"This component of job vacancies is not helpful in reducing unemployment or improving growth and productivity."

An economy with secure work and a pay rise? Economists say we're painfully close

A big boost in government spending, or a mining boom, can lead to greater economic output or growth. The key though, as always, is whether or not it's sustainable.

If it is, the economy begins to produce wonderful characteristics like ongoing employment and higher wage growth.

Right now, the building blocks for meaningful economic growth are in place: higher consumer spending and demand for labour.

Achieving the next step is the particularly challenging bit, but much of the hard work has been done.

While our worst health fears were never realised, everything but the kitchen sink was thrown at the economy.

In fact, in total, the Government expects to rack up roughly $1 trillion in debt to pay for income subsidies like JobKeeper, JobSeeker and other policies to keep businesses and families afloat.

Tracking how this stimulus has been and is being spent is crucial to understanding how the economy may fare this year.

Because of the inherent uncertainty that comes with managing a pandemic, many households chose to pay down debt and save some of the government cash handouts, rather than spend. The logic was simple: Who knows what the next months will bring, so I think I'll squirrel the money away for a rainy day.

The thriftiness seemed to peak in April.

Consumer spending came roaring back in May, but a 112-day lockdown in Melbourne, which ended in late October, snuffed that out.

Now, there's not only evidence shoppers are loosening their purse strings, but that businesses are also hiring.

That's a recipe for further spending by both shoppers and businesses.

Spending is back up

Late last year shoppers took full advantage of Black Friday sales and the release of the iPhone 12.

Business turnover was strong enough to encourage bosses to take on more staff. ANZ Job Ads surged 13 per cent in November and further 9 per cent in December.

Earlier this week, retail spending showed promise, again.

Figures released by the Bureau of Statistics on Monday show national retail sales jumped 7.1 per cent in November as Melbourne shoppers came out of lockdown to splurge.

Strong internet sales during the Black Friday and Cyber Monday online sales period also helped boost overall spending.

Shoppers spent the most in Queensland, up 4.5 per cent, followed by Tasmania, up 3.4 per cent, and the Australian Capital Territory, up 2.5 per cent. Spending in New South Wales lifted 2.3 per cent.

And again, private sector spending data released on Monday backed this up. According to the Commonwealth Bank, credit and debit card spending in the week to January 8 rose by 13 per cent on a year ago.

Electronics are popular, as are household items and clothing and footwear.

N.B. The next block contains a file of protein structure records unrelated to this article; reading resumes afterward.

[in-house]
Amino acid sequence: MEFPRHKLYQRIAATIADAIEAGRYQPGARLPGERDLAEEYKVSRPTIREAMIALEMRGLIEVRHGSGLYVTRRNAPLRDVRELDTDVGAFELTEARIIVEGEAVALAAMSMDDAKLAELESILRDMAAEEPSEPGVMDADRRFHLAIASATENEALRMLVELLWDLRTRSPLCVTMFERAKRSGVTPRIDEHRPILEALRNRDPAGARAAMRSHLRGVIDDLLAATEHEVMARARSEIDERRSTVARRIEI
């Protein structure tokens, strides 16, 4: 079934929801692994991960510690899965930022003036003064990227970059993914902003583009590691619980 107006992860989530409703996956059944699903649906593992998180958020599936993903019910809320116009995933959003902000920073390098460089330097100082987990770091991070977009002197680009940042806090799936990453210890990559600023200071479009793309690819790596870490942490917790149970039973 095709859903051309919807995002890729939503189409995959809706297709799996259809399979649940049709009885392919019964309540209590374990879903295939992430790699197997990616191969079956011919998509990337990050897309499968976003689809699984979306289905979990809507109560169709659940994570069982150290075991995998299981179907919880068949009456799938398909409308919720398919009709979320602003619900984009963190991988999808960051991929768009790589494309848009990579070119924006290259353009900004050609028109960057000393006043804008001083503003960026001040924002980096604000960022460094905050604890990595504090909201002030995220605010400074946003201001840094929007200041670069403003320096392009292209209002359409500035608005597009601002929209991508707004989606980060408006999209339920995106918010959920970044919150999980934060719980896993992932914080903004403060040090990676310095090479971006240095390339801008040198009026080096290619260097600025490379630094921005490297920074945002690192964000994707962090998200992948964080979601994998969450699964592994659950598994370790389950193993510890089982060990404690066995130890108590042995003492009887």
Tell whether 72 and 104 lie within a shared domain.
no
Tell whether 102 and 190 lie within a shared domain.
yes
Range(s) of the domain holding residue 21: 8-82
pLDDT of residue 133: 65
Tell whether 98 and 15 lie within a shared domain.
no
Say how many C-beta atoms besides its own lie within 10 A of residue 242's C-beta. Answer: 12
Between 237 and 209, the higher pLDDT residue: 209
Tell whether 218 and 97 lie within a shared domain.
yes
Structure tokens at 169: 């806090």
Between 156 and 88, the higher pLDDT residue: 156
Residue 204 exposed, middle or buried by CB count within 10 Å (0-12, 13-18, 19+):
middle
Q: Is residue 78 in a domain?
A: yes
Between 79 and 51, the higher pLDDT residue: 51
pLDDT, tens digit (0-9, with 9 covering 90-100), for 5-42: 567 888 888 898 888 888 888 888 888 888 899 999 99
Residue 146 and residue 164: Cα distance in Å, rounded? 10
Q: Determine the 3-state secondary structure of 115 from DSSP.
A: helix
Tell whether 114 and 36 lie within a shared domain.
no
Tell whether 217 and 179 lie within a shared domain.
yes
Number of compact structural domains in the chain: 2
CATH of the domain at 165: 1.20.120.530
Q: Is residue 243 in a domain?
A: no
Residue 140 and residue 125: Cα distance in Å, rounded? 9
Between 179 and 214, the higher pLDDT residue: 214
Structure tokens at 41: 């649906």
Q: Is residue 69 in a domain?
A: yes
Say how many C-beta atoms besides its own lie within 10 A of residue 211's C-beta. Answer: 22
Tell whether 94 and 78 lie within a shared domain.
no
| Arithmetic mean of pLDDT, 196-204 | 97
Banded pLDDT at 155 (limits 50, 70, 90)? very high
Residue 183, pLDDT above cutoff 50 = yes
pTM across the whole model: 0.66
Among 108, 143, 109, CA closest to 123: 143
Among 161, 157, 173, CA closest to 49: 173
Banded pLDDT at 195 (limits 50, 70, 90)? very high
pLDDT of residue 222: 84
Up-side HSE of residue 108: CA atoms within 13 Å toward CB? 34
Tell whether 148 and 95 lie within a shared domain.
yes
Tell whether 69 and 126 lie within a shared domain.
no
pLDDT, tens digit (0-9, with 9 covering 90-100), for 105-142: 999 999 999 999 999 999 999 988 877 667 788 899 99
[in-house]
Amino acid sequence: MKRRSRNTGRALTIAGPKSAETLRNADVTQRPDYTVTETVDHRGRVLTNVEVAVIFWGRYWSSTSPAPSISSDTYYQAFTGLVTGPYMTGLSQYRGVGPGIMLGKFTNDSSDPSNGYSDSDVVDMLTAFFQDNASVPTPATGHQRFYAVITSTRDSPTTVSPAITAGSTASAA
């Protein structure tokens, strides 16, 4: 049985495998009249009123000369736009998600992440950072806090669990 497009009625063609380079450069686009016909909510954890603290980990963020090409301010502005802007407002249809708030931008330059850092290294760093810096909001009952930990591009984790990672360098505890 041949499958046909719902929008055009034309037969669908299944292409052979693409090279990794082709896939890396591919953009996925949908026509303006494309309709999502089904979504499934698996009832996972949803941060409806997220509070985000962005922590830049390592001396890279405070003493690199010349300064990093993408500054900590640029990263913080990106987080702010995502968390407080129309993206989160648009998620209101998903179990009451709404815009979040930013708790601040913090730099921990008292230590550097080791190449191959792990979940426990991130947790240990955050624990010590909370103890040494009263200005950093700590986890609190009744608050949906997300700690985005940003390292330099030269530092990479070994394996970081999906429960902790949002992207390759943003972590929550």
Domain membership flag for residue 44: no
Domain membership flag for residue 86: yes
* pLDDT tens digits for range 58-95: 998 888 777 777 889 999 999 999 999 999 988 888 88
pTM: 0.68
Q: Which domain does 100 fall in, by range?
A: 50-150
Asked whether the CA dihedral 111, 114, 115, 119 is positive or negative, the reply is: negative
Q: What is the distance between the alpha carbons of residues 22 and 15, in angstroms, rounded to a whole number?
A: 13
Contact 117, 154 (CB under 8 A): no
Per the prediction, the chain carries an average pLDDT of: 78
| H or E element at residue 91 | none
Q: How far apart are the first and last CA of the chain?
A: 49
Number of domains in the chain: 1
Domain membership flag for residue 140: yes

It is up to businesses now

The gross domestic product or GDP equation is simple: Consumption plus business investment plus government spending and net exports… make it up.

All components, bar business investment, are coming through for the economy right now.

Businesses small and large have the option now, if they can, to hire more workers and grow their firms.

Economist Angela Jackson sums it up this way:

"The Government has certainly put a lot on the table to encourage business investment. And if [businesses] don't [spend] this year, you kind of think, well, are they ever going to do it?"

The question is, she says, "Are the conditions there for businesses to invest, and do businesses have the confidence to do that?"

The economic boon and you

As always, it's meaningless to talk about economic growth unless it affects your hip pocket directly or Australians, more broadly, benefit from it in some way.

Obvious benefits include higher pay for those on low incomes and more secure work for those who are underemployed.

Industrial relations expert John Buchanan argues while the recent lift in consumer spending — which makes up the vast bulk of economic growth — is encouraging, there's still a lot of slack in the labour market.

The current underemployment rate is still hovering around 10 per cent.

The next few months will be crucial

Coronavirus, and the economic threats that come with it, aren't going away anytime soon.

Government subsidies need to remain in place, consumers need the confidence to keep spending, businesses will need to continue expanding and hiring, and China will need to keep sucking up Australia's raw materials.

As it stands, JobKeeper and JobSeeker will end in March, and hard COVID-19 lockdowns remain a constant threat for business — making longer term investment plans challenging to say the least.

But is there ever a time when achieving sustainable economic growth is easy? Of course not.

Australia's management of the coronavirus has left us with a better-than-expected economic platform on which to launch — thanks to a once-in-a-generation politically palatable government spending spree.

Taking a few business risks now, however scary, could lead to stronger sustainable economic growth — something many Australians have been longing for now for years.